“I loved closing the most,” O’Connor said last year, “because I loved coming to the ballpark every day knowing that I could impact whether our team won or lost that game. So there’s a certain quality that a closer has to have. They have to want to have that kind of impact.”
Sborz said: “You gotta be prepared in the bullpen, knowing that you have one inning to pitch, and you can’t give up anything. It starts in the bullpen, and you just gotta know that that’s your one inning and you need to get it done.”
A graduate of McLean High School in Northern Virginia, Sborz has a brother, Jay, who pitched in the majors for the Tigers. Sborz aspires to play professionally, too, and if he performs well as a closer, that should boost his stock.
“I don’t know for sure how much professional baseball looks at it, but if I was a general manager or scouting director, I’d like to know that I was getting somebody that has pitched in some different roles and had success in those different roles,” O’Connor said. “Because when they move on to the next level, and hopefully elevate themselves to the major leagues, they can’t all be starters. Some of them are eventually going to end up in the bullpen.”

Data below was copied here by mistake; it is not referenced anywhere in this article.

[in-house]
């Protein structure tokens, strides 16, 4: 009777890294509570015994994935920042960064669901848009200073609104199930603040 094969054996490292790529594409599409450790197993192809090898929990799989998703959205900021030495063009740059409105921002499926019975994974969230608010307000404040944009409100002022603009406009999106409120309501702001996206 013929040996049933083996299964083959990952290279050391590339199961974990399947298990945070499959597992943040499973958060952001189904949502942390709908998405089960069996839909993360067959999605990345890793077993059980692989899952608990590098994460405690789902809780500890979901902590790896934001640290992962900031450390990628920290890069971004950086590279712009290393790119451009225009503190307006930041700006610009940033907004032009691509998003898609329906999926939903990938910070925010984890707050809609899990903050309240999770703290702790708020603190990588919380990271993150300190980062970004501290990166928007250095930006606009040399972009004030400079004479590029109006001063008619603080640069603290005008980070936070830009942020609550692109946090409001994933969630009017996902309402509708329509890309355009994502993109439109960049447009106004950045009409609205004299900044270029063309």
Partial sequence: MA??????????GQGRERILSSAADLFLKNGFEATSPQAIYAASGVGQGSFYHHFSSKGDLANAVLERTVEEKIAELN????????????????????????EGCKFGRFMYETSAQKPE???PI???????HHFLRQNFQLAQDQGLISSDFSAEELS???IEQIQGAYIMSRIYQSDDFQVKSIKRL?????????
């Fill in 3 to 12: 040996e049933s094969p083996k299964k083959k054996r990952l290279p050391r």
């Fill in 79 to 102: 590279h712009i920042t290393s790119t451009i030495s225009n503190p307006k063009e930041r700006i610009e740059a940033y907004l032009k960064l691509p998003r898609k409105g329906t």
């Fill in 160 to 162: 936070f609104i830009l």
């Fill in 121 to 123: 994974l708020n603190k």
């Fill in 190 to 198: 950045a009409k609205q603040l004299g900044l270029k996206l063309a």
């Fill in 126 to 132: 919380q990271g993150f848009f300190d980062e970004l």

Sborz was a starter last summer for the Orleans Firebirds in the prestigious Cape Code League. But he had no reservations about returning to the bullpen.
“Whatever the team needs, that’s what I’m going to do,” he said, “and that’s what the coaches wanted me to do, so that’s what I did.”
Virginia is heading into its 12th season under O’Connor, whose record is a staggering 514-177-2. The Cavaliers open against East Carolina in Greenville, N.C. The three-game series starts Feb. 13. UVa’s home opener is Feb. 17 against VCU.
O’Connor’s roster includes more freshmen than upperclassmen, but expectations, as always, are high for the `Hoos. In voting among the conference’s head coaches this month, Virginia was picked to win the ACC.
“The first-years are really focused on knowing what they need to do,” Sborz said, “and the upperclassmen have been really focused. I’m really excited for this year, and I think we’re going to do great, just like we did the last two years.”
As closer, Sborz figures to play a pivotal role in the Cavaliers’ pursuit of another College World Series appearance.
“I’m glad that he’s embraced it,” Kuhn said. “It’s going to be good for him, and it’s going to be really good for our team. He’s going to do outstanding work.
“He’s a very, very talented young man, and he’s grown up quite a bit, and I’m very privileged to coach him.”